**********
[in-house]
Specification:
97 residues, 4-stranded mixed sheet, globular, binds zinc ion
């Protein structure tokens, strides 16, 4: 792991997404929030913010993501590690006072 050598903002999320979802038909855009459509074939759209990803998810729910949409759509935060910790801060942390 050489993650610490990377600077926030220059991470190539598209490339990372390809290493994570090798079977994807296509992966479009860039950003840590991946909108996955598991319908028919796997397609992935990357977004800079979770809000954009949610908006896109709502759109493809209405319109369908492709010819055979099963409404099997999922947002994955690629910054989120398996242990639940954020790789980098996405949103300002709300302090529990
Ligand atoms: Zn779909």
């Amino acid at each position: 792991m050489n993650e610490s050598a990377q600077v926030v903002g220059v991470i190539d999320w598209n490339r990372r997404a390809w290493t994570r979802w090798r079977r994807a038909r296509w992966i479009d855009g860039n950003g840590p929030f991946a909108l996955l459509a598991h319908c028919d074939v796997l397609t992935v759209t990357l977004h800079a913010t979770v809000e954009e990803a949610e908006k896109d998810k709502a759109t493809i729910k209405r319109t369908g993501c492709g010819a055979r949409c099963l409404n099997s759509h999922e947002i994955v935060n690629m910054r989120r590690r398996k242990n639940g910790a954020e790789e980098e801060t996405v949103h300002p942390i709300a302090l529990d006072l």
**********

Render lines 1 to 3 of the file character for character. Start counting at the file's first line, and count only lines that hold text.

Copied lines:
[in-house]
Specification:
97 residues, 4-stranded mixed sheet, globular, binds zinc ion